50 years of Shyam Benegal
As he completes five decades in cinema next year, a look at Shyam Benegal's incomparable oeuvre
Shyam Benegal’s Mujib: The Making of a Nation, based on the life of Bangladesh’s first president, Mujibur Rehman released in theatres in late October but failed to make a mark at the box office. Benegal’s 24th film was made after a gap of 13 years — his last commercially successful film, Well Done Abba was made in 2010.
Two weeks away from turning 89, Benegal is frail of body—earlier this year, newspapers reported that he was on dialysis for a deteriorating kidney disease—but alert to the demands of a film’s pre-publicity release.
At a special screening at the auditorium of the National Film Development Corporation (NFDC) in Mumbai last month, Benegal obliged the photo-ops flanked by actors Rajat Kapoor and Divya Dutta, two actors who have acted in several of his films—he is known to work with the same actors and crew members over and over again; in fact,
Kapoor says he keeps his close-knit actor coterie in mind when he finalises a script. In Mujib, Kapoor plays the role of Pakistani political heavyweight Zulfiqar Ali Bhutto.
“Work is everything. If I stop working, I don’t think I will survive,” Benegal replied when asked what kept him going.
Publicists and friends including the director and his long-time cinematographer Govind Nihalani and actor Naseeruddin Shah, who has played some memorable roles in Benegal’s films in the 1970s and 1980s, like the pitch-perfect Nishant (1975), surrounded the director at the screening.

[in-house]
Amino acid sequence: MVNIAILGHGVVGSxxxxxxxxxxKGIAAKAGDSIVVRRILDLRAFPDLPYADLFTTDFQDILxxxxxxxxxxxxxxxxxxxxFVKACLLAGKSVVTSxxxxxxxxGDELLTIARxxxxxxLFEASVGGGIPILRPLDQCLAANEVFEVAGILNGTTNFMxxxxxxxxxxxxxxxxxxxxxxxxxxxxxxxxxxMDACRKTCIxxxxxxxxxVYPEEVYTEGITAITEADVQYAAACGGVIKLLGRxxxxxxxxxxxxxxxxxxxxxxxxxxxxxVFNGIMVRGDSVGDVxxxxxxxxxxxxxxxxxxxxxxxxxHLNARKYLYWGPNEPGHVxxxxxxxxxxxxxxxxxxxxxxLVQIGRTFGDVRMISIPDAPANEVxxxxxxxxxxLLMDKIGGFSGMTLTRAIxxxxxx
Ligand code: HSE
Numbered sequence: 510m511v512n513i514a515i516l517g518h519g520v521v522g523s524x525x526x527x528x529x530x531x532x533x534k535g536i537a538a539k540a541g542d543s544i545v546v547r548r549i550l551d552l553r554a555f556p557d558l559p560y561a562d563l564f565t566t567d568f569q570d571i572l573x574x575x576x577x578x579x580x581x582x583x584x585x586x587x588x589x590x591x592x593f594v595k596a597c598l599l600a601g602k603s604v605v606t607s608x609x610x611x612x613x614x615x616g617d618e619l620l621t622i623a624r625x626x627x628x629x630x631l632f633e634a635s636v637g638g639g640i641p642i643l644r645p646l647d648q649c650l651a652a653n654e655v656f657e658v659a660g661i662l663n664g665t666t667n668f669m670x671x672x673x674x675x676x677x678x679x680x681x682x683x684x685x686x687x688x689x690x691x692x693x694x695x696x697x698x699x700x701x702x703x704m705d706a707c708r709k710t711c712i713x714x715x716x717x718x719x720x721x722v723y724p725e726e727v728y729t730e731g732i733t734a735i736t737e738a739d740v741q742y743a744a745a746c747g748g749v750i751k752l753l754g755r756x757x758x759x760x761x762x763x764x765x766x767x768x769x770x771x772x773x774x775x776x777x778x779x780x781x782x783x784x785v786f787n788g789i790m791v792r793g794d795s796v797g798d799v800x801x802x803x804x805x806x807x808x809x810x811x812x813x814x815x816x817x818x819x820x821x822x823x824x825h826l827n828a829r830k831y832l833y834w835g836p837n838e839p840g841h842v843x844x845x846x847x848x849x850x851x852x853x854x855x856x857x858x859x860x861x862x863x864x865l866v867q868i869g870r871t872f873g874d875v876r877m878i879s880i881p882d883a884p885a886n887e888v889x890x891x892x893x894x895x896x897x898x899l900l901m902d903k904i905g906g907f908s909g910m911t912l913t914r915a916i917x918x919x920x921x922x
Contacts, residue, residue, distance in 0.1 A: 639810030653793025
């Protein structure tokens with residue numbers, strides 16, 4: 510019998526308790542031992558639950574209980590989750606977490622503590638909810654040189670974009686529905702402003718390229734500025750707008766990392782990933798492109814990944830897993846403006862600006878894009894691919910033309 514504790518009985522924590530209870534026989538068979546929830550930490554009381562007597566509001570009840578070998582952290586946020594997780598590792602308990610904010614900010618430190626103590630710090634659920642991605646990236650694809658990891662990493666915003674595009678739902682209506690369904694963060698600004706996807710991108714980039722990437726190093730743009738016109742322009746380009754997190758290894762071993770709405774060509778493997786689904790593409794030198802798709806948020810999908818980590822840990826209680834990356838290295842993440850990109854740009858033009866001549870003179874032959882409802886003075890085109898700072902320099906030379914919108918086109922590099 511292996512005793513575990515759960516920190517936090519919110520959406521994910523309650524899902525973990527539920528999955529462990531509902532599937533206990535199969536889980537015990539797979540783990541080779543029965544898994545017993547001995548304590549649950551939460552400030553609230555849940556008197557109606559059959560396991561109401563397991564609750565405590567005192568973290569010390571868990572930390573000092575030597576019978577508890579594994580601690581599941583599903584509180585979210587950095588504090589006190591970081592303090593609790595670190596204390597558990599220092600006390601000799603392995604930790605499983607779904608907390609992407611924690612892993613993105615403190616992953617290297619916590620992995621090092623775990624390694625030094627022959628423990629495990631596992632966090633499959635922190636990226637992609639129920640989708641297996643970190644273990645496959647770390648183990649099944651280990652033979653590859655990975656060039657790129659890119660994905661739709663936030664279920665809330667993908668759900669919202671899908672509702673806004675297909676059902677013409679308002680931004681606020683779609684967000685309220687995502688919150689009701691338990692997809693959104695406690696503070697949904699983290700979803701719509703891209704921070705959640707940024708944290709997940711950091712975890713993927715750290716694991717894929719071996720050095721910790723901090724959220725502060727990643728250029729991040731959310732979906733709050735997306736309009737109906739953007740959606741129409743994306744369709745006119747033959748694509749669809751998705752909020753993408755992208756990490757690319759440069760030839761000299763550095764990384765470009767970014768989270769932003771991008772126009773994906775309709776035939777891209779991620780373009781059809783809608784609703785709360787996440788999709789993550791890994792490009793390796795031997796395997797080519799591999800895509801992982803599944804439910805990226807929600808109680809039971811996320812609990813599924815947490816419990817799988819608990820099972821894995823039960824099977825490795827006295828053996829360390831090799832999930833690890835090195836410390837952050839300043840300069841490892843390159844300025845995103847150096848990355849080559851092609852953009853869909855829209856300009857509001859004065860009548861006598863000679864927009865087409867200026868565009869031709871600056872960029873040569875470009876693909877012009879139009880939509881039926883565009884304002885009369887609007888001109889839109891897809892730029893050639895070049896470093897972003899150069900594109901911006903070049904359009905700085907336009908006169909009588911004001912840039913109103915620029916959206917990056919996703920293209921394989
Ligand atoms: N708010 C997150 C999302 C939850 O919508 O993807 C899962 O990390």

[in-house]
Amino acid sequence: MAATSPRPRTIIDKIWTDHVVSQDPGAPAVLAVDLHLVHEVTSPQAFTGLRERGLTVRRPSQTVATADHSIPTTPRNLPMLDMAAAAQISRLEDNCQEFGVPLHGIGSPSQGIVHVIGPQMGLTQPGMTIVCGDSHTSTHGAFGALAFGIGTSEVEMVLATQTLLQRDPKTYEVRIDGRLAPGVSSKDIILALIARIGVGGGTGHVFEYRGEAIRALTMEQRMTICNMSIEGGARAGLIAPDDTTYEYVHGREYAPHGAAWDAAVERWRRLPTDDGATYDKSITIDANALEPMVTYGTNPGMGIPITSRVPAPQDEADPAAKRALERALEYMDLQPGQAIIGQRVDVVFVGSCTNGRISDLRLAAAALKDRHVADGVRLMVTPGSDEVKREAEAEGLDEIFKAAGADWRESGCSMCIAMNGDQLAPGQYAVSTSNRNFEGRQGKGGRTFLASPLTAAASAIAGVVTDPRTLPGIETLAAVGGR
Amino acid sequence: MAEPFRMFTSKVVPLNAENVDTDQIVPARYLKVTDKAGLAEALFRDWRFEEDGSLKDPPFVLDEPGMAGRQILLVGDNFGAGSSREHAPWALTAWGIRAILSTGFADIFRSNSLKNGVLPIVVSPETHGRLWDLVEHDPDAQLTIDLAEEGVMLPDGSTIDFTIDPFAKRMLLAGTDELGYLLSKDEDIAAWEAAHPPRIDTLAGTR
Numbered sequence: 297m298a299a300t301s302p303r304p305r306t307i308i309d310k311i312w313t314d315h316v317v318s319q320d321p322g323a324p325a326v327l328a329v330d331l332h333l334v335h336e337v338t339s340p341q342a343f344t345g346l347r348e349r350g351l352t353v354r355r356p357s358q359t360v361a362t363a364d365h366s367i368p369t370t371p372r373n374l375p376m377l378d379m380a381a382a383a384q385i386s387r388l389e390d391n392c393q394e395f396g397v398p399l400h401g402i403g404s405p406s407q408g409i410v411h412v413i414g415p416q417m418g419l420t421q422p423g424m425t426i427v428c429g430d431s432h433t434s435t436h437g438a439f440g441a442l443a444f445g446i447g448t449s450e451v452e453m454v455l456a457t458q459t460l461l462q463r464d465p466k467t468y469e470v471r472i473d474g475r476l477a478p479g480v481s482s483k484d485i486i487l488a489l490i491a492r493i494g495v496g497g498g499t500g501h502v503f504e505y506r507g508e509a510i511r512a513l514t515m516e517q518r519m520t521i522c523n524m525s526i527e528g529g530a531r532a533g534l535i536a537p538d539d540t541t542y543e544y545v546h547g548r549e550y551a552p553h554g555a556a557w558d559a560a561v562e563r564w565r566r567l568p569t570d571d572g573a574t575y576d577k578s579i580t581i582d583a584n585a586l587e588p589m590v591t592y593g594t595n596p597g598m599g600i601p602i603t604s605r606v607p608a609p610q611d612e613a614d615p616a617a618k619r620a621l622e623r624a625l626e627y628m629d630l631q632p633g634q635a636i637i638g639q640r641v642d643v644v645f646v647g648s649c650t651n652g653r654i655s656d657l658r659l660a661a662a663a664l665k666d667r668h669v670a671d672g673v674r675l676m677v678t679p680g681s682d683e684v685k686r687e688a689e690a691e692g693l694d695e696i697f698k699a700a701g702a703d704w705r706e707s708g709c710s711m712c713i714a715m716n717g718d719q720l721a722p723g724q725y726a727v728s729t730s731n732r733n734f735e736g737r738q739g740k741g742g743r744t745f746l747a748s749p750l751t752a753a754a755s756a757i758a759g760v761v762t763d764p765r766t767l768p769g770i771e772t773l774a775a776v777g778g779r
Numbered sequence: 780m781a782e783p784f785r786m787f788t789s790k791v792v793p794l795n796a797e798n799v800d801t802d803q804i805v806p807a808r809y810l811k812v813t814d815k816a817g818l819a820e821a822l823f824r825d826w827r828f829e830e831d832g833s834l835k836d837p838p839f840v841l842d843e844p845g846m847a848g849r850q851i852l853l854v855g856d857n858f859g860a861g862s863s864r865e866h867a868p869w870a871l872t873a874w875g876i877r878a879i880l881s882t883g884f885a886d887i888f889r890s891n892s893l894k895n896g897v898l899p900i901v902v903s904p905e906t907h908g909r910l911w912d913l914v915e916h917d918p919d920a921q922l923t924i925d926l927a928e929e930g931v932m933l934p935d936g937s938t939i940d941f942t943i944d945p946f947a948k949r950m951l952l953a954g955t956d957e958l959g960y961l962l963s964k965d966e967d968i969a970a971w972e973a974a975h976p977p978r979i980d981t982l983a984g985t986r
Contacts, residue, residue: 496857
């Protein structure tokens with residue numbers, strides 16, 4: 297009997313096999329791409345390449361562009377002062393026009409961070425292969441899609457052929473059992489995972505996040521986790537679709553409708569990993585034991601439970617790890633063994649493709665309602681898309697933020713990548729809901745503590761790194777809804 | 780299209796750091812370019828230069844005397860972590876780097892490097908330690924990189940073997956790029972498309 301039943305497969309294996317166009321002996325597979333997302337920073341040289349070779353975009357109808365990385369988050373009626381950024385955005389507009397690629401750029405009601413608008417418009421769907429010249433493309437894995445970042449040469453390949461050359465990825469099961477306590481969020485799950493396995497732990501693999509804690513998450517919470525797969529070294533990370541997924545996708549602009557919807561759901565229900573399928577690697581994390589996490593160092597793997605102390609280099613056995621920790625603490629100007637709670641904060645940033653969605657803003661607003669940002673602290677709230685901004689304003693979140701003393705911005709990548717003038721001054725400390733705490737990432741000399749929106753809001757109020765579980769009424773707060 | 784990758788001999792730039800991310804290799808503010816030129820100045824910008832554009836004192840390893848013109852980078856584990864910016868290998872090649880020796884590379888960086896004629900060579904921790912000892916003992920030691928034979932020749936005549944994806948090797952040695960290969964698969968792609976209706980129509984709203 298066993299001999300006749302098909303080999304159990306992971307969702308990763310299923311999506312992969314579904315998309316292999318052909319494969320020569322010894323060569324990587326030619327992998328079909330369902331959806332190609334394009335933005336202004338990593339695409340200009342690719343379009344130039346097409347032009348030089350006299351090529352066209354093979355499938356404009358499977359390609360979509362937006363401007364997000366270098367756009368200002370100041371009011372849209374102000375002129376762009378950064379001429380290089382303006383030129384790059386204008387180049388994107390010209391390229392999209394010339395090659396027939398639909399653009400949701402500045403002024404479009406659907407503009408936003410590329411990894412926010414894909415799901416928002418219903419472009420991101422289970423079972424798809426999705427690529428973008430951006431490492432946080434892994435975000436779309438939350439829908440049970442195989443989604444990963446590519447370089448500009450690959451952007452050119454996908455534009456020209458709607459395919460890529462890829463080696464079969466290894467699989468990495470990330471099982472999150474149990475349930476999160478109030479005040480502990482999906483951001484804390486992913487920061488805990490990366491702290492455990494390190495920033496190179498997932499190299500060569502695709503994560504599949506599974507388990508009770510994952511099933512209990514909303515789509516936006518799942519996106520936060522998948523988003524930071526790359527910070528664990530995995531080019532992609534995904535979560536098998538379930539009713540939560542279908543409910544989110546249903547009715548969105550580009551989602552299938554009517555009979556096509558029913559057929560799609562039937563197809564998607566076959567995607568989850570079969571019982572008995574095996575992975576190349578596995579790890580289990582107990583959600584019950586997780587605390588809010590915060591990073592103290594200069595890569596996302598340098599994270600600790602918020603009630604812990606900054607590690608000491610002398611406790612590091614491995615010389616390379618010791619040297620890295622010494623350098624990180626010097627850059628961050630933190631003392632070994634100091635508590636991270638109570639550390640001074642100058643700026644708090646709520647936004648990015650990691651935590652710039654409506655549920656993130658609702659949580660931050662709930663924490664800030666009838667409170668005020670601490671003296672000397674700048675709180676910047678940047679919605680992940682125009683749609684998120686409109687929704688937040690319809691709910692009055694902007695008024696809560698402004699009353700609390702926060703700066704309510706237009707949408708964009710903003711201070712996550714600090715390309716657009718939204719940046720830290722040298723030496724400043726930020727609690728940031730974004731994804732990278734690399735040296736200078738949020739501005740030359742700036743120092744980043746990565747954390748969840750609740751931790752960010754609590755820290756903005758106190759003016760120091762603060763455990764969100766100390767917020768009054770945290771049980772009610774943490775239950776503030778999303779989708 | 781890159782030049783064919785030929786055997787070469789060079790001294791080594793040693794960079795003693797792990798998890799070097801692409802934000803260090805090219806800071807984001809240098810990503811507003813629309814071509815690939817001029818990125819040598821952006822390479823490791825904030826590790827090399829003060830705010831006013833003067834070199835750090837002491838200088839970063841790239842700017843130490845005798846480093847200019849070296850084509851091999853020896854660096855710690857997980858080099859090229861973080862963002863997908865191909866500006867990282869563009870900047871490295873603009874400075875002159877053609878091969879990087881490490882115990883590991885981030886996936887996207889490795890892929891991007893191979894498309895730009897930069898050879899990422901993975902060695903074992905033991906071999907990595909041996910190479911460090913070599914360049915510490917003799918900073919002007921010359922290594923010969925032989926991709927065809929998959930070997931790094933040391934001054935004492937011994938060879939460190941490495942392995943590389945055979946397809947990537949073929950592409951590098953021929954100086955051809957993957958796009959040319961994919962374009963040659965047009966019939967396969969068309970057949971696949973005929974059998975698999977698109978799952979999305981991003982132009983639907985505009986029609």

Both Kapoor and Dutta revealed things you might not know about Benegal: his cheeky sense of humour and his love of food. And things you might know: That he is a famously generous and liberating director to actors.
In 2002, during a retrospective of Benegal’s films at the National Film Theatre, London, the now-deceased playwright and actor Girish Karnad, had a public conversation with Benegal. Karnad observed of his close friend: “Shyam was more than a director—he was also a friend, a very good host (you got very good food anytime you turned up at his house). Then, apart from that, in those days when actors were impoverished, he was a banker for his actors… and most of all, a father figure...Even though Smita and Shabana have been compared in various ways, I always thought their rivalry was for your affection, actually, as a director.”
Considering this is his 50th year as a filmmaker, Mujib is a cinematic tragedy—more a linear history lesson and a visual imprint of the collaboration between the governments of India and Bangladesh rather than a robust cinematic experience. The film is a co-production of both countries and the forced adulation of the subject, the father of Bangladesh’s prime minister Sheikh Hasina, is hard to digest coming from Benegal.
At the screening, Benegal said, unequivocally, “I was most concerned with what the Bangladeshi prime minister has to say about the film, because it is her family, and the film wouldn’t have been possible without her support.” At that moment, it was obvious that Benegal was more concerned with carrying on making films rather than channelling a point of view and a treatment of his own.